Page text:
The African Global Economic and Development Summit took place at the University of Southern California from March 16th to 18th.
None of the approximately 60 invited guests from Africa were able to attend.
The problem was that none of the African delegates were able to get U.S. visas…
The conference was first held in 2013 and seeks to strengthen business ties between U.S. investors and African companies, says summit chairwoman Mary Flowers.
Visa problems have been an issue before, she says. In the past, she says roughly 40 percent of African invitees are unable to get the papers they need to attend, mainly due to a combination of red tape and bureaucracy.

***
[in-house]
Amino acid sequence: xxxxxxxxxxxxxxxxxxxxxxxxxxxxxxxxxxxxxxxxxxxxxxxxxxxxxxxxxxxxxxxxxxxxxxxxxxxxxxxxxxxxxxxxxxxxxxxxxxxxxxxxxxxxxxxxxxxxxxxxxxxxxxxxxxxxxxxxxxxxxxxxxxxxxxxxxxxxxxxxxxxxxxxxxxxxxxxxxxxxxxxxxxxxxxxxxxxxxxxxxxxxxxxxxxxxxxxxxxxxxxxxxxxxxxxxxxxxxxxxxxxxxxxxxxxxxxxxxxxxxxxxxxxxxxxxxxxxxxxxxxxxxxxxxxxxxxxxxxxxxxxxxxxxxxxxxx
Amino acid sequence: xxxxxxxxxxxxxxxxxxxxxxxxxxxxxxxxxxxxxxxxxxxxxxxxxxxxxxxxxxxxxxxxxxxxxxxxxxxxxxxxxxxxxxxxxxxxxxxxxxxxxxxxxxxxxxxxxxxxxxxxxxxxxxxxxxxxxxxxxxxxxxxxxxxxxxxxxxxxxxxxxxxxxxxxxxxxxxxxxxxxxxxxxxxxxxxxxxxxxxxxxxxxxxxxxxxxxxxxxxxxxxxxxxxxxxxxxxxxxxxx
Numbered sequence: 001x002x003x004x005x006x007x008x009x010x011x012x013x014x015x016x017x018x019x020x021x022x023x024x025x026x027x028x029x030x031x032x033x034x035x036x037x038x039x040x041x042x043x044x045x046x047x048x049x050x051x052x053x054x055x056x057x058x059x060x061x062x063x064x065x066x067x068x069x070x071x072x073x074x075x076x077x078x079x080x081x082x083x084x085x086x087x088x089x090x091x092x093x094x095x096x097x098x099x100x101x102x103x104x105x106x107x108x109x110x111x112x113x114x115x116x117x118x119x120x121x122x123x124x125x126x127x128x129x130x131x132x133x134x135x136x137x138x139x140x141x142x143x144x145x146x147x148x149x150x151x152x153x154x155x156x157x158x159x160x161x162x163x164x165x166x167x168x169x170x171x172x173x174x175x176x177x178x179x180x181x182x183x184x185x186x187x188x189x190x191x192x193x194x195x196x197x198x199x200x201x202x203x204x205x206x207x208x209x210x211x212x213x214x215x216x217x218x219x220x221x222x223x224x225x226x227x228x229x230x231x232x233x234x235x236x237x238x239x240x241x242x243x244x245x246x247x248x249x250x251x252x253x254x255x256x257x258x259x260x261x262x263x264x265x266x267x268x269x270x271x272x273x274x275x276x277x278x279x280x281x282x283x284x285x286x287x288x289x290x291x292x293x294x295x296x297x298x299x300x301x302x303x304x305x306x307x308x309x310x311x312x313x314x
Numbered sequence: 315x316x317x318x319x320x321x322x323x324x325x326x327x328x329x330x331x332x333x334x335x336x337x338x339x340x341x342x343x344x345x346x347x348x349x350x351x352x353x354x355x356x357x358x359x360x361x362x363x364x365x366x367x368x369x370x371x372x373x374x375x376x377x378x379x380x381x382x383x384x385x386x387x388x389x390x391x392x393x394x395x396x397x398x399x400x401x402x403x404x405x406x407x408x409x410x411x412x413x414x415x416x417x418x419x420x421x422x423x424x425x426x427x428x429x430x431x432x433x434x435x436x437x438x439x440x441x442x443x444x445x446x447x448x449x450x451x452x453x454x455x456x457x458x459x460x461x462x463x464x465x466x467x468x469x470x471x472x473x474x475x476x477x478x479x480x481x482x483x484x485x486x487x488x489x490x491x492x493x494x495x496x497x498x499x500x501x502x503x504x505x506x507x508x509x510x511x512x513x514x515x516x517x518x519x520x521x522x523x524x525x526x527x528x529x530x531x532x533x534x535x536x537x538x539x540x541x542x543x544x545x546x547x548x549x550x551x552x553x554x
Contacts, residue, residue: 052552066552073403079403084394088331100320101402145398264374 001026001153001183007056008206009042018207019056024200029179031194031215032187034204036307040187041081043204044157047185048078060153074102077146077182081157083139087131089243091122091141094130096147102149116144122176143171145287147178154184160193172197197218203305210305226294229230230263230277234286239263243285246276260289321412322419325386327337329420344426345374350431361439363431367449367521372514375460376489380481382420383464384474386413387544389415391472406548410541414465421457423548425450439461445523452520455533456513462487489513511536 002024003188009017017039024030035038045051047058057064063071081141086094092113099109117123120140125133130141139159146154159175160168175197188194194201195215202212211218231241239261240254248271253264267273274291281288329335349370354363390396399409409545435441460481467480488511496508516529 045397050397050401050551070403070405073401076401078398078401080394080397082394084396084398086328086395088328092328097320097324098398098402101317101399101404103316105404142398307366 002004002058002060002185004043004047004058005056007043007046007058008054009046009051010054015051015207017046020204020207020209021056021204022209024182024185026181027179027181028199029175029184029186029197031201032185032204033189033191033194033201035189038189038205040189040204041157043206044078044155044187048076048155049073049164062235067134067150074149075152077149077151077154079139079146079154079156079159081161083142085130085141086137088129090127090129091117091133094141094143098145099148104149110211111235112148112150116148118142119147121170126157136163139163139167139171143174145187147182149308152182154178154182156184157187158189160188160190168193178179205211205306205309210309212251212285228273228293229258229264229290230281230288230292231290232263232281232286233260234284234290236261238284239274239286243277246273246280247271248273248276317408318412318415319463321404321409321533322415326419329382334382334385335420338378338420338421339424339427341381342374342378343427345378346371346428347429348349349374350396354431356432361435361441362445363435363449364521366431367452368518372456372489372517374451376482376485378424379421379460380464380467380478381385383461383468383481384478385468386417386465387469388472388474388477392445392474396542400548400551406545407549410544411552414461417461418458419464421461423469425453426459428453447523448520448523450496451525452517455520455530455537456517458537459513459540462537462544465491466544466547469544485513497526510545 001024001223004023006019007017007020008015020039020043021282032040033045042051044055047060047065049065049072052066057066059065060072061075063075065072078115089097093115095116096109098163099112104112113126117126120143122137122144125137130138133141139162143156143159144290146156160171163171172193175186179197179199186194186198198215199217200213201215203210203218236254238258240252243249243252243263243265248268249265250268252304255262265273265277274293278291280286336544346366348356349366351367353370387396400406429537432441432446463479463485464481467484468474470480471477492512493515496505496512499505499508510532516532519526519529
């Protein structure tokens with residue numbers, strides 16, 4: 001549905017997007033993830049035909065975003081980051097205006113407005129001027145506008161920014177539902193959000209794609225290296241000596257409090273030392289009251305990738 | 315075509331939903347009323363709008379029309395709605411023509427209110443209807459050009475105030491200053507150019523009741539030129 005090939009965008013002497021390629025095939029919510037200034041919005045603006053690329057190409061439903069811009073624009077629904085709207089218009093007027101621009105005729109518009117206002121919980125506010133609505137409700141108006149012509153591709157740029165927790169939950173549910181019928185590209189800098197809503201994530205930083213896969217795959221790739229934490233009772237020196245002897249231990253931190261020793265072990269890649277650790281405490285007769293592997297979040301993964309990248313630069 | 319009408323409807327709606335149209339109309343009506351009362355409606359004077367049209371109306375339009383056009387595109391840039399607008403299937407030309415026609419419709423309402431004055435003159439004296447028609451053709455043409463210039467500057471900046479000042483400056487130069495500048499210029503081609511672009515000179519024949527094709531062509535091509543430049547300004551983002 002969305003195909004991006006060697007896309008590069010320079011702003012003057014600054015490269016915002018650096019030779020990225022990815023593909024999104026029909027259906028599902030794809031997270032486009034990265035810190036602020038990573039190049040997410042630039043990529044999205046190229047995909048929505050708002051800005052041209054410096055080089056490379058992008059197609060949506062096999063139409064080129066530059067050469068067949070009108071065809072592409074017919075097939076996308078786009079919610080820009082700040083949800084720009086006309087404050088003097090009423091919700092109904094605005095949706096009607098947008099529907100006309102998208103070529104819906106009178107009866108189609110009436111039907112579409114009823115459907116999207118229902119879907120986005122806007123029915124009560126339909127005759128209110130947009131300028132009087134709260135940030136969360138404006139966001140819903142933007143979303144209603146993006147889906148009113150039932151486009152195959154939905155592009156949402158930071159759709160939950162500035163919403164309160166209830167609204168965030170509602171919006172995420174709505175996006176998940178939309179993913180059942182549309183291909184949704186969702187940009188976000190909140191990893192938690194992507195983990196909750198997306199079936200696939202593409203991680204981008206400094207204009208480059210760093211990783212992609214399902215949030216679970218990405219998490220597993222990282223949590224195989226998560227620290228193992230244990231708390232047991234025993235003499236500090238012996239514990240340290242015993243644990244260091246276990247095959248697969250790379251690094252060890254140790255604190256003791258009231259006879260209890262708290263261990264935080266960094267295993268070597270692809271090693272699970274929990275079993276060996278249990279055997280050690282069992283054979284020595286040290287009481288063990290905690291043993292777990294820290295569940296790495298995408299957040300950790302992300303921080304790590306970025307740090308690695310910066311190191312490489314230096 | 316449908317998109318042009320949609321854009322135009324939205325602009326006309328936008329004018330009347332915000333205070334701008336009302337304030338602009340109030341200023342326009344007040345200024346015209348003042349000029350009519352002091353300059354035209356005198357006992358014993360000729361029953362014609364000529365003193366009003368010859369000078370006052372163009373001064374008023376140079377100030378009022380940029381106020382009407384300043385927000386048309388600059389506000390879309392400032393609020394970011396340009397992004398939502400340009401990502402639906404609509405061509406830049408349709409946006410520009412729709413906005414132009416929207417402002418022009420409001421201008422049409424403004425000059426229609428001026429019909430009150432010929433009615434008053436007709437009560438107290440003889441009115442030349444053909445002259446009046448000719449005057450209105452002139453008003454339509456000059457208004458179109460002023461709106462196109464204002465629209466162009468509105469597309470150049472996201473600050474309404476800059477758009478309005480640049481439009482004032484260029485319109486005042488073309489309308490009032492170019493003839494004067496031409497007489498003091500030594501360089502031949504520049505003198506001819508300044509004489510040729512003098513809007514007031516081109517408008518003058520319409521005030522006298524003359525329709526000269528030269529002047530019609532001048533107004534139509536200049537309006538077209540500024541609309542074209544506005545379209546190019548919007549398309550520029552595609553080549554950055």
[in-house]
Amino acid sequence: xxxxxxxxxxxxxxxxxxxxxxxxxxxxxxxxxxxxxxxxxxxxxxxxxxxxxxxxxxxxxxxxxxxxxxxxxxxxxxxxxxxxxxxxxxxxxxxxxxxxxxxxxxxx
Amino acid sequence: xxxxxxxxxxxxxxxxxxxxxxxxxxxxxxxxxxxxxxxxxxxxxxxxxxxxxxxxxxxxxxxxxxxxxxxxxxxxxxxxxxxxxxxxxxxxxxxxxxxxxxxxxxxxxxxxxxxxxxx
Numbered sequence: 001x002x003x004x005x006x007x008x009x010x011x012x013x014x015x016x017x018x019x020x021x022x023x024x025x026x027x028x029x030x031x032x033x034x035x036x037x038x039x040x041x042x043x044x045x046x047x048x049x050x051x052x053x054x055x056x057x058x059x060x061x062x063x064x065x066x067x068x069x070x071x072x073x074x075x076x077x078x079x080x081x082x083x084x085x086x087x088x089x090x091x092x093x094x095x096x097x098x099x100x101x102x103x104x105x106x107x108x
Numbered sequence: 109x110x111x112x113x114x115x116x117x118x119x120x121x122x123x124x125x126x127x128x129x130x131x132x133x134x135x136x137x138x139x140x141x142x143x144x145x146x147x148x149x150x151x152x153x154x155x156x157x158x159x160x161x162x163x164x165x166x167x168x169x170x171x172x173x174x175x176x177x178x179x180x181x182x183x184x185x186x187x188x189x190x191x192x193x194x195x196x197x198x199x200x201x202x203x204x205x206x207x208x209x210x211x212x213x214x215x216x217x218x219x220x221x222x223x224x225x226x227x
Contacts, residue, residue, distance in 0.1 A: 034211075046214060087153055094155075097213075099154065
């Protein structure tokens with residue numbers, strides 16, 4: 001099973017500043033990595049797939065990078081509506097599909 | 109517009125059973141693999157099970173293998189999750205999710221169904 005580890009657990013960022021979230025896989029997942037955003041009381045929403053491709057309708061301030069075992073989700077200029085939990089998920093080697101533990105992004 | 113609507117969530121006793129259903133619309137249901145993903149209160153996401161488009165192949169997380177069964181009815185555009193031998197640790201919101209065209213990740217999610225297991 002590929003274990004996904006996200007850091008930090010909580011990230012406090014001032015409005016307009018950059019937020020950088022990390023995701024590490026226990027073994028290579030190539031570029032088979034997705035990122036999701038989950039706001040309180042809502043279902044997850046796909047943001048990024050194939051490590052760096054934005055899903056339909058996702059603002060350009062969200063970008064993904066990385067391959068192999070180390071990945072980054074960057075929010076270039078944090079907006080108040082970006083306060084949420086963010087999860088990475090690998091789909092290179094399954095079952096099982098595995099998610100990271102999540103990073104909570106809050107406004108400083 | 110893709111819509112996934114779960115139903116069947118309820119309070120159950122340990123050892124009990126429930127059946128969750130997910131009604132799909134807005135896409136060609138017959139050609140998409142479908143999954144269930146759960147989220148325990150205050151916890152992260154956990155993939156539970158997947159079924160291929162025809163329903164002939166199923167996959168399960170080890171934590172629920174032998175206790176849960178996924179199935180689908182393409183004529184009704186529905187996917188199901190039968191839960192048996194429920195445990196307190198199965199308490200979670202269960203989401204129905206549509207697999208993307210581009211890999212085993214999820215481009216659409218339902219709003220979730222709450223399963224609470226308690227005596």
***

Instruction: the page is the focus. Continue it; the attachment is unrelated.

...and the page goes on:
“This year we were thinking there are going to be some rejections but some will still come,” she says. “But it was 100 percent blocked across the board.”
It’s hard to find out exactly why…A State Department official on background tells NPR that they can’t comment on any individual visa applications but says all applications are screened on a case-by-case basis. And the eligibility requirements for getting a visa haven’t changed.
Some of the African delegates to the summit say their visa applications were denied because they didn’t show a compelling reason why they would return home after the event.
Audio: What If You Held An African Summit And No Africans Could Come? (NPR)